8. Fill the transmission with 1 quart of fluid more than was removed during the drain (the transmission will be overfilled by 1 quart). Remove the transmission fill plug and insert the outlet side of your 1/2" vinyl hose and fill the transmission (mine took 4 quarts; 3 quarts drain + 1 quart over). Reinstall the fill plug finger tight only since it will be coming off several more times.

9. Pump out 2 quarts of fluid. Attach your section of 7/16" hose to the transmission cooler return line or radiator return outlet. After ensuring the hose/tubing is well inside your suitable drain container start the engine and allow the transmission to pump out a bit less than 2 quarts of fluid. When it is about there shut off the engine. You will notice that after you shut off the engine, a small amount of fluid will drain out. This is where a helper is valuable.

Note: The transmission pumps fluid at a relatively easy rate. You are not in danger of pumping out all of your fluid unless you are not paying attention.

Warning: Hot transmission fluid can cause burns or injury. Take proper precautions when dealing with hot fluids.

10. Fill the transmission with 2 quarts of fluid (the transmission will be overfilled by 1 quart). Remove the transmission fill plug and insert the outlet side of your 1/2" vinyl hose and fill the transmission. Reinstall the fill plug finger tight only since it will be coming off several more times.

11. Repeat steps 9-10 around 3-4 more times. You will notice by quart 14, the fluid will look brand new. The 15-16th quart are there to top off if you were a little off after the warm up.

12. Reinstall the transmission return hose onto the radiator or transmission cooler return line. Remove the 7/16" ID hose section from the radiator or cooler line return outlet and slide the return hose onto the return outlet. Using your needle nose pliers reinstall the hose clamp in its original position.

13. Check the fluid level. Level the truck by jacking up the rear of the vehicle until it's level.

13a. If using a Techstream observe the fluid temp in the data list:

Note: I inspected my flow rate when the fluid was between 104-113 degrees Farenheit/40-45 Degrees Celcius.

13b. If using the paperclip or jumper wire, place the transmission in inspection mode:

1. Connect terminals CG (4) and TC (13) of the DLC3 (OBD2 connector under steering column) using a small paper clip or jumper wire to jump PIN 4 and 13 together. Keep note of the orientation of the 16 pin DLC3 connector when jumping the terminals.

2. Move the shift lever back and forth between the NEUTRAL and DRIVE positions at 1.5 seconds interval for 6 seconds.

3. The AT Oil Temp indicator on the combination meter comes on for 2 seconds when the fluid temperature is within the appropriate temperature range. Remove the paper clip or wire,

4. The AT Oil Temp indicator will come on again when the fluid temperature reaches operating temperature and will blink when it exceeds operating temperature.

5. After confirming the AT Oil Temp indicator turns off, move the shift lever to the P position and remove the paperclip or jumper wire from terminals CG and TC.[/SIZE][/COLOR][/B]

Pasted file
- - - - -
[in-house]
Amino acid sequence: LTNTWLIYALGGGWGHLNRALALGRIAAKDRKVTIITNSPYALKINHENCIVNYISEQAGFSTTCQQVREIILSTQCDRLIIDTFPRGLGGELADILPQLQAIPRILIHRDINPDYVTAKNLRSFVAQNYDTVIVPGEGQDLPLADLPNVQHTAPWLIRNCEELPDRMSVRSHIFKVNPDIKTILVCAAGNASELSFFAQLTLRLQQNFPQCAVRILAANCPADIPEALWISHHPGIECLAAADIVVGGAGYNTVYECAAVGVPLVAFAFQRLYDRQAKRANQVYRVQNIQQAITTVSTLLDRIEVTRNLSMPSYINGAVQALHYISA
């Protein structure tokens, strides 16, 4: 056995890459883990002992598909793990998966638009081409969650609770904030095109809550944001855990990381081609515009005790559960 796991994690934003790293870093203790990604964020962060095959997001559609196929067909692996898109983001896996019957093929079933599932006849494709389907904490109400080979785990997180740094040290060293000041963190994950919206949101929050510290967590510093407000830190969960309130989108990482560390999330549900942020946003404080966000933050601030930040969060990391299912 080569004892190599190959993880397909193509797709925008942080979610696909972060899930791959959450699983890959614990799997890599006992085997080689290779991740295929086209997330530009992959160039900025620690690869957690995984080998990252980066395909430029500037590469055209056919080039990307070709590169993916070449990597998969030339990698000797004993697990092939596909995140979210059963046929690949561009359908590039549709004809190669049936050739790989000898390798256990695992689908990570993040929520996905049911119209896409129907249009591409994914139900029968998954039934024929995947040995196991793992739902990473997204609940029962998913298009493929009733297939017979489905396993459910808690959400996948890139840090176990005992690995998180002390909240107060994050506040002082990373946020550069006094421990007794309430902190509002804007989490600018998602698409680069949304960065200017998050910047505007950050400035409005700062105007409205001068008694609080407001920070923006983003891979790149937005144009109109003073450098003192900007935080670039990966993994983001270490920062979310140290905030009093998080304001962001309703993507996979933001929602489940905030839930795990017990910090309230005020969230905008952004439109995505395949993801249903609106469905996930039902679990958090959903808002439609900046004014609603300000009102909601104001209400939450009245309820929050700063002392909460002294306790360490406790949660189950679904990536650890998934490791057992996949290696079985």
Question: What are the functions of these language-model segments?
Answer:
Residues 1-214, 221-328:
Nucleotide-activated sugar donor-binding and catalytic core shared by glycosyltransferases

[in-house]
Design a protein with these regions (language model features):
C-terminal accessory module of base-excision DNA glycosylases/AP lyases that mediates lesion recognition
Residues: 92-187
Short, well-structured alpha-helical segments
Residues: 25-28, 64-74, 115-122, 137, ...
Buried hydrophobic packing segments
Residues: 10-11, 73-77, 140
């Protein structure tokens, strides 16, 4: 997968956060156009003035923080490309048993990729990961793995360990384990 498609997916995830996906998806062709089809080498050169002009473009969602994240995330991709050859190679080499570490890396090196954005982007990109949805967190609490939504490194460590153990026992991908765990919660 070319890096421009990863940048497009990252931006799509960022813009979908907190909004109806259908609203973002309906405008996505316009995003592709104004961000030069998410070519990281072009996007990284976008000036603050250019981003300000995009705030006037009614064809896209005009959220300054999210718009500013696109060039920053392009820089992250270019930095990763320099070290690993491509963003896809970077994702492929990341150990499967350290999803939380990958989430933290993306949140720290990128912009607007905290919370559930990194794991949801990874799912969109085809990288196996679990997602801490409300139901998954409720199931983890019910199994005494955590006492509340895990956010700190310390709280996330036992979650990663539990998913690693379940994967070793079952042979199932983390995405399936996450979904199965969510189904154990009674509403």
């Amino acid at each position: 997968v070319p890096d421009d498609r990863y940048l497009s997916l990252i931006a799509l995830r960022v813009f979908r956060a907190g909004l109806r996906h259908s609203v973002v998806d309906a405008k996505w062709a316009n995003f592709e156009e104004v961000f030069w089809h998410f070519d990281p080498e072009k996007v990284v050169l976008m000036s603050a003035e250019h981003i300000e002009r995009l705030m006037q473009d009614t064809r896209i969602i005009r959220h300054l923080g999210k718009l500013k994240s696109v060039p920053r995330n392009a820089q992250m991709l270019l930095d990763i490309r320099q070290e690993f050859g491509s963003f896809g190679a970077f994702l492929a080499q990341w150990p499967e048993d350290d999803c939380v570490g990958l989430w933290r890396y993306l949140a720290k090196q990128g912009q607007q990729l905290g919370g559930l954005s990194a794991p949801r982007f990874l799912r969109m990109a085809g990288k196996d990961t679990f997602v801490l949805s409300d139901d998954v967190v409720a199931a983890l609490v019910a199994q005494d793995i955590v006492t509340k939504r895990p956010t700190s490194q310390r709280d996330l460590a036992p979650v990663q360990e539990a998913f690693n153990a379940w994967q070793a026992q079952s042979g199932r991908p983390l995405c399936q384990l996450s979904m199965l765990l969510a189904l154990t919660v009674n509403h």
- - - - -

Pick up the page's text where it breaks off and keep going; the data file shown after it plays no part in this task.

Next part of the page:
Cycle the truck through the gears with the brake depressed a few times. Remove the inspection plug from the transmission pan. Observe if fluid comes out or not. If no fluid comes out, remove the fill plug and add fluid until you get a steady small stream/trickle of fluid draining (I had to add around another 1/2 quart). Light dripping or heavy flow is a sign of an underfilled or overfilled transmission. When the desired flow rate is reached reinstall the fill and inspection plugs.

13c. If you using an IR thermometer, point the beam directly at the fluid as it exits the overflow point.

Note: Most cheap IR thermometers are inaccurate to some degree. Keep this in mind if you choose this method.

Note: Overflow and thermometer picture is from my Camry DIY. Idea and flow rate is the same.

Note: Torque spec for the fill plug is 29 lb ft.

Note: Torque spec for the inspection plug is 15 lb ft.

14. Reinstall the lower splash guard. First using your brake parts cleaner liberally spray and clean the transmission fluid from under the trcuk. Position the splash guard into place and reinstall the five 12mm bolts.

14. Lower the vehicle off of jack stands.

15. Go for a good long test drive of at least 15 minutes and try to get the vehicle up at highway speed and verify shift quality.

Admire your work and money you saved!

I did this entire flush for around $75. Your cost may be slightly higher depending on fluid cost. The going rate where I live is $209.95 and who knows what fluid is used.

Hope this helps.

50 Posts
Thank you for taking the time to do such an in-depth write up with good pictures and everything. I have tried to do this before and realize how much time it adds to the process to stop and take pictures of each step.

Sent from my iPhone using Tapatalk

2 Posts
I have 02 with 140k and was wondering if dropping the pan would be enough or will the full flush be needed? it was just purchased so i have no idea when the last one was done. Ive heard there could be issues with slippage iof doing a full flush, any opinions?

Super Moderator
2005 Corolla CE
14,606 Posts
Discussion Starter #4
I flush them all this way.

The "fluid change caused issues" is a decades old car myth.

Transmission fluid literally drives, cools, and lubricates the transmission. If the fluid needs changing, especially while you already have issues, change it.

You wouldn't leave motor oil that's never been changed in your engine would you? If not, the argument for ATF maintenance is the same.

Cooler line flush is an excellent method which doesn't use harsh "flush" chemicals or high/low pressure machine pumps which cause issues with the transmission pump.